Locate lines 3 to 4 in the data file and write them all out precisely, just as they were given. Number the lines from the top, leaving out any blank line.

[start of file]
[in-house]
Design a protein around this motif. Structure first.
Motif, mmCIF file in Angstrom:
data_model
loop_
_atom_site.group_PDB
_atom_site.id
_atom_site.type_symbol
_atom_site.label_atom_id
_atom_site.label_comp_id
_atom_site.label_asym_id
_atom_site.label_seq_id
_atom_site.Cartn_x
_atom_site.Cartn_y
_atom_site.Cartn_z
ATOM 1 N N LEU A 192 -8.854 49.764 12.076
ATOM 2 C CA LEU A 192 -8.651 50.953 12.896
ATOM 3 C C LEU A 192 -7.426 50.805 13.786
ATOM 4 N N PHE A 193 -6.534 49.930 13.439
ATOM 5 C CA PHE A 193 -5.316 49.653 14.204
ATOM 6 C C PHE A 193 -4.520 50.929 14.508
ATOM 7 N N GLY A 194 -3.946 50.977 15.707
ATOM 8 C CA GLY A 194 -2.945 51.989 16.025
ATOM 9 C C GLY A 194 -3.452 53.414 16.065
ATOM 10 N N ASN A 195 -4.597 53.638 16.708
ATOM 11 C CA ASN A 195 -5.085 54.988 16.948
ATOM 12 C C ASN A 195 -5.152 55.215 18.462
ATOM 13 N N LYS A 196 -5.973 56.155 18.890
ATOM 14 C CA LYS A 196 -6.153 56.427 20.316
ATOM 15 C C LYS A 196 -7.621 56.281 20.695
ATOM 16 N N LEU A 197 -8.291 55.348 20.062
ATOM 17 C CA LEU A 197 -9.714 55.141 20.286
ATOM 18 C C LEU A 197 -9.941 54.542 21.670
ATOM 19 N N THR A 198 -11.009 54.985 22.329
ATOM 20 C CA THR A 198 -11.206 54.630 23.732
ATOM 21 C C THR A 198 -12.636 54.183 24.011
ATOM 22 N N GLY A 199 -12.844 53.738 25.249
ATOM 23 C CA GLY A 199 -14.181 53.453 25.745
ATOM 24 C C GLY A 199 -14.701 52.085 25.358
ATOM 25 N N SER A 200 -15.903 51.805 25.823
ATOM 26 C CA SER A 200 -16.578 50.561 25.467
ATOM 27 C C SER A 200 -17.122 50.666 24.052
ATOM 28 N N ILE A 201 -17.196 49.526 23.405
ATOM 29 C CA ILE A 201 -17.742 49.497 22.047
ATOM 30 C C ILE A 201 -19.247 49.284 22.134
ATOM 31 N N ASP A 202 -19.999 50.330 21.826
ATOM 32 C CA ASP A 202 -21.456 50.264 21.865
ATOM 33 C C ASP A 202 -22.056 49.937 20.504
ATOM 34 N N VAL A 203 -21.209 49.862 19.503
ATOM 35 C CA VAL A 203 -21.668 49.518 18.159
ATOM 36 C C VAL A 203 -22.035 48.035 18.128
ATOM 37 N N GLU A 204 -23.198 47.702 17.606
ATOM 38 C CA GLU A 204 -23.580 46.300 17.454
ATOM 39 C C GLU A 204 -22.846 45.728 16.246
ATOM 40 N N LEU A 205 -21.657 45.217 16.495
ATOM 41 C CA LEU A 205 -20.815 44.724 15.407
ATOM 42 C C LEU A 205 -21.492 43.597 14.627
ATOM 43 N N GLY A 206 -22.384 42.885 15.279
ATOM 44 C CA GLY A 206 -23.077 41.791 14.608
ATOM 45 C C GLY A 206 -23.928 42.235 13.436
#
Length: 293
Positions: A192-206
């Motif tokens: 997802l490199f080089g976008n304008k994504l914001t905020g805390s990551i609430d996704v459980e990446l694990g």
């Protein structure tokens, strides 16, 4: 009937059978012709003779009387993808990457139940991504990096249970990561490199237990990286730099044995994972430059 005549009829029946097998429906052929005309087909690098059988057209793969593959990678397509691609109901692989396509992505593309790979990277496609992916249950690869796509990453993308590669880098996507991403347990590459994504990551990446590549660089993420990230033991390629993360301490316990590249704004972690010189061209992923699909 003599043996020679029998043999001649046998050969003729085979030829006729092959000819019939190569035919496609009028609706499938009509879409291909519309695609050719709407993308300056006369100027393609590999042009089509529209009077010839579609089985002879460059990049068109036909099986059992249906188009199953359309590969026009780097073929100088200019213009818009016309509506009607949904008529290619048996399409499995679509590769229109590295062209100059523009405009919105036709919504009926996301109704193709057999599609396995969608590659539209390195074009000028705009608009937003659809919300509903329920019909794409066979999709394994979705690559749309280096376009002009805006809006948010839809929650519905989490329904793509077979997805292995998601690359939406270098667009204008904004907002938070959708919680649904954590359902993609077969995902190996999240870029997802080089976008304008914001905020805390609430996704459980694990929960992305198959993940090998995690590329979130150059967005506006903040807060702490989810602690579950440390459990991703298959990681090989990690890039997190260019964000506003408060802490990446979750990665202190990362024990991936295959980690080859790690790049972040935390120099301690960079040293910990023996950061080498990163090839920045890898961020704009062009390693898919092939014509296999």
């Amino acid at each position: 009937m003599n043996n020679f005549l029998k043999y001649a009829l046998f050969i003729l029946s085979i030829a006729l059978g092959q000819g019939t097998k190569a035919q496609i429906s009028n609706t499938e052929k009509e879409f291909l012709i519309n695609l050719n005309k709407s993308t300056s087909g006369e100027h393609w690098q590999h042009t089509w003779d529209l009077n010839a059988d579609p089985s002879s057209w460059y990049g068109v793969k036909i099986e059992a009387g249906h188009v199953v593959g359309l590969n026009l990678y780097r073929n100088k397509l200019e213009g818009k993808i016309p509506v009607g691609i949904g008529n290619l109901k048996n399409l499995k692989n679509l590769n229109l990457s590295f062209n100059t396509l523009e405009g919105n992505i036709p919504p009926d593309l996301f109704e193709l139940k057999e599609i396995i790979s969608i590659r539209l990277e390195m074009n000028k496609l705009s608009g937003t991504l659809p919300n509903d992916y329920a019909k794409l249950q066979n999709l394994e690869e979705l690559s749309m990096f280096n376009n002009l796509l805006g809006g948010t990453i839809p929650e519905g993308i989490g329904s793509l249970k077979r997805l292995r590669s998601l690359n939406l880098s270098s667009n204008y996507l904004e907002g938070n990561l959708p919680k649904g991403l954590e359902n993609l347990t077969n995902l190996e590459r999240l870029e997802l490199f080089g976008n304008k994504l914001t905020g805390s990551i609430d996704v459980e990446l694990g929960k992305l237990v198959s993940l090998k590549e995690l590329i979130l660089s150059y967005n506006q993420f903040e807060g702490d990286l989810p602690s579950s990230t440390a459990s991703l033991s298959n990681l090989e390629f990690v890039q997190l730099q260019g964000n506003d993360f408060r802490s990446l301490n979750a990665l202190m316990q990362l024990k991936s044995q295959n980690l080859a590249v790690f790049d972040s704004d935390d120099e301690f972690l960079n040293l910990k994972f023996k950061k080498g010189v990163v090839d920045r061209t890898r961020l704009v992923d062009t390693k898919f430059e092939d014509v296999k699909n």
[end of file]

Motif, mmCIF file in Angstrom:
data_model